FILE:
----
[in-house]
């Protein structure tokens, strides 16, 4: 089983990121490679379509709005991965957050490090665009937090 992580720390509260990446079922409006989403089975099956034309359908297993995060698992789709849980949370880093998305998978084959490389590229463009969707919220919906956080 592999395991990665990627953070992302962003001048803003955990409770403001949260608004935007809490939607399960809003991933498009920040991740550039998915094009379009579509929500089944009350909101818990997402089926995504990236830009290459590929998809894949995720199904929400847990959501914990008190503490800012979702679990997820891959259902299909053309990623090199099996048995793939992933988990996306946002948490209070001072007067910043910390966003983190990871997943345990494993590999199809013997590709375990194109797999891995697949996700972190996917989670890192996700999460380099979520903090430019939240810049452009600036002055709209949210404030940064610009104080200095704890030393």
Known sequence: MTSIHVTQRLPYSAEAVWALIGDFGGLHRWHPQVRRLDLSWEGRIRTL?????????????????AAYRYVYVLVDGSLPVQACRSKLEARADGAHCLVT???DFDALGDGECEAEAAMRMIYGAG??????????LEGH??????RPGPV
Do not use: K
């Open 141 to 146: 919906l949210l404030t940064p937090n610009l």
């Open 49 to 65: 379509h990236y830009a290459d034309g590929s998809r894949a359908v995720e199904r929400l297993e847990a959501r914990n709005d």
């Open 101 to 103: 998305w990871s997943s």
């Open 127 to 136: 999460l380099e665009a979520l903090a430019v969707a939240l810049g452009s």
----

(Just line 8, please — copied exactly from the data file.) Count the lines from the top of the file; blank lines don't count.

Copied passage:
């Open 127 to 136: 999460l380099e665009a979520l903090a430019v969707a939240l810049g452009s």